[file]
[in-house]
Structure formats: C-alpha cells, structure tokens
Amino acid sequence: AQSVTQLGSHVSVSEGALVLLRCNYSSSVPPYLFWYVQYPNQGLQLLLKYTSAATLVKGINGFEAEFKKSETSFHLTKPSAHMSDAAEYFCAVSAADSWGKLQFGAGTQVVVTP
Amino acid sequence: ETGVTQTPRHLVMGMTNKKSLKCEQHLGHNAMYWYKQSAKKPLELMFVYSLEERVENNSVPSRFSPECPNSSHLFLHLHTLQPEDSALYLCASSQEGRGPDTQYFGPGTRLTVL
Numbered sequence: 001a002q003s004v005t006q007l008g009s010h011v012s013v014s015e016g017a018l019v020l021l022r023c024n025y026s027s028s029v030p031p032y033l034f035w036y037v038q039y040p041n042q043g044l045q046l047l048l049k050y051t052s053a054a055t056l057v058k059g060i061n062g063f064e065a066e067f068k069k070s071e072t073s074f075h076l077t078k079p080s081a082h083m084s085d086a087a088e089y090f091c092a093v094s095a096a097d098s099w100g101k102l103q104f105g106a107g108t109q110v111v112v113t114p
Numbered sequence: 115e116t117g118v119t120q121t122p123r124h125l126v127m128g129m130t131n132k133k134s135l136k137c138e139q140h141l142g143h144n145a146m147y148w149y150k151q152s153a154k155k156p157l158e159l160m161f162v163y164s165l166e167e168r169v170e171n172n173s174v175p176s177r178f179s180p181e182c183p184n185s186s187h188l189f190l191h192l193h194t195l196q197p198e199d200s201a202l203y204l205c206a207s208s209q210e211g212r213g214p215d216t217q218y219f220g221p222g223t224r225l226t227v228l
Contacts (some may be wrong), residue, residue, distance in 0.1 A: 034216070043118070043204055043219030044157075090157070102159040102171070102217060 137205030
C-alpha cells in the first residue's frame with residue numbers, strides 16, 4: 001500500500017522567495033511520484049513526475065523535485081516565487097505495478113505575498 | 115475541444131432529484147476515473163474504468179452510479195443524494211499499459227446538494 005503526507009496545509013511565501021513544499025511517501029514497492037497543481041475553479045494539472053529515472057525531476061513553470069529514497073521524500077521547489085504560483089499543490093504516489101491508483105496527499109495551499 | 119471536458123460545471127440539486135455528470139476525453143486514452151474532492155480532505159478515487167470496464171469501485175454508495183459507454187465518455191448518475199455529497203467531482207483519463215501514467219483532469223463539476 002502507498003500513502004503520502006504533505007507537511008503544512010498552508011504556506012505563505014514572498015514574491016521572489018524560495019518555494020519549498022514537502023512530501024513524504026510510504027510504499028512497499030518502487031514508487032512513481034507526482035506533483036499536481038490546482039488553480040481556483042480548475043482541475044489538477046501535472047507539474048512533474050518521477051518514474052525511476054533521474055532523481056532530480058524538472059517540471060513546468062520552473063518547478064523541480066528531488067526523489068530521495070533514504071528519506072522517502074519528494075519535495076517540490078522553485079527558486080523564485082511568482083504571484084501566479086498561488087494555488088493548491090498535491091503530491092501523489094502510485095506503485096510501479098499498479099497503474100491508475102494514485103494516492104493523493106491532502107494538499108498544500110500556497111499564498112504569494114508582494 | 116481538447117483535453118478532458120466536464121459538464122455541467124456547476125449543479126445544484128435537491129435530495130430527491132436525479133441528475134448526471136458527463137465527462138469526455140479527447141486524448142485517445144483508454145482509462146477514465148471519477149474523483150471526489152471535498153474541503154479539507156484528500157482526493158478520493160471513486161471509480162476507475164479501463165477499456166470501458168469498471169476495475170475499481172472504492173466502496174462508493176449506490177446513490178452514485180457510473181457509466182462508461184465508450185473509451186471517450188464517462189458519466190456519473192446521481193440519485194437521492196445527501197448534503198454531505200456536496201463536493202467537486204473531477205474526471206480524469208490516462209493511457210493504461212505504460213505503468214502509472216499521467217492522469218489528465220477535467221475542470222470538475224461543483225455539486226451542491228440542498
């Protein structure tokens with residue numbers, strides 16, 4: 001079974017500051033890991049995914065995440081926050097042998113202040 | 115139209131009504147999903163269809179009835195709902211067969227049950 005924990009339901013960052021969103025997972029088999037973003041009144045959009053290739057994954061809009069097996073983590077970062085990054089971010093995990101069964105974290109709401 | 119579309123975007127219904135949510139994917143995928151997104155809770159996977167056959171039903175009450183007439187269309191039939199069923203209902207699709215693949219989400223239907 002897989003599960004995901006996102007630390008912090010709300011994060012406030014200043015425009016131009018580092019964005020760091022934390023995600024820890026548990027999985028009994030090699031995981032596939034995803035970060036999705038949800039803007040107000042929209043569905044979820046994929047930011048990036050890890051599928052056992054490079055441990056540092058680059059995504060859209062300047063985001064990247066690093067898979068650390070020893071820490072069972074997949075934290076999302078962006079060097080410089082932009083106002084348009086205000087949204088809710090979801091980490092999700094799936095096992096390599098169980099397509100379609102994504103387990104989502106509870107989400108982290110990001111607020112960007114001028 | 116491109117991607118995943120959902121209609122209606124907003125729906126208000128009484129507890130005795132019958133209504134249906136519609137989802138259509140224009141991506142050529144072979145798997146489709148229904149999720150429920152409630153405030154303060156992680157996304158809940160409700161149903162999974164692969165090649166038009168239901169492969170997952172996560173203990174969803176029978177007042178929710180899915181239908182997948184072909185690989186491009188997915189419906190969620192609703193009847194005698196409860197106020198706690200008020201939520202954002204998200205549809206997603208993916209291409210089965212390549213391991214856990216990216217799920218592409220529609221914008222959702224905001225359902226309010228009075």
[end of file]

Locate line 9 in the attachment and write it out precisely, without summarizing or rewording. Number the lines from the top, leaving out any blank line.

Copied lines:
């Protein structure tokens with residue numbers, strides 16, 4: 001079974017500051033890991049995914065995440081926050097042998113202040 | 115139209131009504147999903163269809179009835195709902211067969227049950 005924990009339901013960052021969103025997972029088999037973003041009144045959009053290739057994954061809009069097996073983590077970062085990054089971010093995990101069964105974290109709401 | 119579309123975007127219904135949510139994917143995928151997104155809770159996977167056959171039903175009450183007439187269309191039939199069923203209902207699709215693949219989400223239907 002897989003599960004995901006996102007630390008912090010709300011994060012406030014200043015425009016131009018580092019964005020760091022934390023995600024820890026548990027999985028009994030090699031995981032596939034995803035970060036999705038949800039803007040107000042929209043569905044979820046994929047930011048990036050890890051599928052056992054490079055441990056540092058680059059995504060859209062300047063985001064990247066690093067898979068650390070020893071820490072069972074997949075934290076999302078962006079060097080410089082932009083106002084348009086205000087949204088809710090979801091980490092999700094799936095096992096390599098169980099397509100379609102994504103387990104989502106509870107989400108982290110990001111607020112960007114001028 | 116491109117991607118995943120959902121209609122209606124907003125729906126208000128009484129507890130005795132019958133209504134249906136519609137989802138259509140224009141991506142050529144072979145798997146489709148229904149999720150429920152409630153405030154303060156992680157996304158809940160409700161149903162999974164692969165090649166038009168239901169492969170997952172996560173203990174969803176029978177007042178929710180899915181239908182997948184072909185690989186491009188997915189419906190969620192609703193009847194005698196409860197106020198706690200008020201939520202954002204998200205549809206997603208993916209291409210089965212390549213391991214856990216990216217799920218592409220529609221914008222959702224905001225359902226309010228009075």